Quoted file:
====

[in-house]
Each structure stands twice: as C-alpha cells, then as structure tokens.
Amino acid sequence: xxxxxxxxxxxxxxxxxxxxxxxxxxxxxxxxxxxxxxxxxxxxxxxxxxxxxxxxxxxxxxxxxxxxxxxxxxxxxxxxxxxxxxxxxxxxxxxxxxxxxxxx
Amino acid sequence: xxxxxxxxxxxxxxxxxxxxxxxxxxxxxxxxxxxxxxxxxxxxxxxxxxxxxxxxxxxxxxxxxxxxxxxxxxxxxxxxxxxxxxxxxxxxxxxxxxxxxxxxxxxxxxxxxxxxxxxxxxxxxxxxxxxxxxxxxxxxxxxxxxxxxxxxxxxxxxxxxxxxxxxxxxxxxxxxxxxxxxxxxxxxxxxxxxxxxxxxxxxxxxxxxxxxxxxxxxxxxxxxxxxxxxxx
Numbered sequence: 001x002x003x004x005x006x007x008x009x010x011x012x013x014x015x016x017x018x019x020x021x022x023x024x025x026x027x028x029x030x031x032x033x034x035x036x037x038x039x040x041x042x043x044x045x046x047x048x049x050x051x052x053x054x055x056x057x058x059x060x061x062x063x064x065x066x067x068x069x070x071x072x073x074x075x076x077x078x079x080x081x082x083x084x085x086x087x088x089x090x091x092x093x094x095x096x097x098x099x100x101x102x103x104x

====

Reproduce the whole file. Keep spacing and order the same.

[in-house]
Each structure stands twice: as C-alpha cells, then as structure tokens.
Amino acid sequence: xxxxxxxxxxxxxxxxxxxxxxxxxxxxxxxxxxxxxxxxxxxxxxxxxxxxxxxxxxxxxxxxxxxxxxxxxxxxxxxxxxxxxxxxxxxxxxxxxxxxxxxx
Amino acid sequence: xxxxxxxxxxxxxxxxxxxxxxxxxxxxxxxxxxxxxxxxxxxxxxxxxxxxxxxxxxxxxxxxxxxxxxxxxxxxxxxxxxxxxxxxxxxxxxxxxxxxxxxxxxxxxxxxxxxxxxxxxxxxxxxxxxxxxxxxxxxxxxxxxxxxxxxxxxxxxxxxxxxxxxxxxxxxxxxxxxxxxxxxxxxxxxxxxxxxxxxxxxxxxxxxxxxxxxxxxxxxxxxxxxxxxxxx
Numbered sequence: 001x002x003x004x005x006x007x008x009x010x011x012x013x014x015x016x017x018x019x020x021x022x023x024x025x026x027x028x029x030x031x032x033x034x035x036x037x038x039x040x041x042x043x044x045x046x047x048x049x050x051x052x053x054x055x056x057x058x059x060x061x062x063x064x065x066x067x068x069x070x071x072x073x074x075x076x077x078x079x080x081x082x083x084x085x086x087x088x089x090x091x092x093x094x095x096x097x098x099x100x101x102x103x104x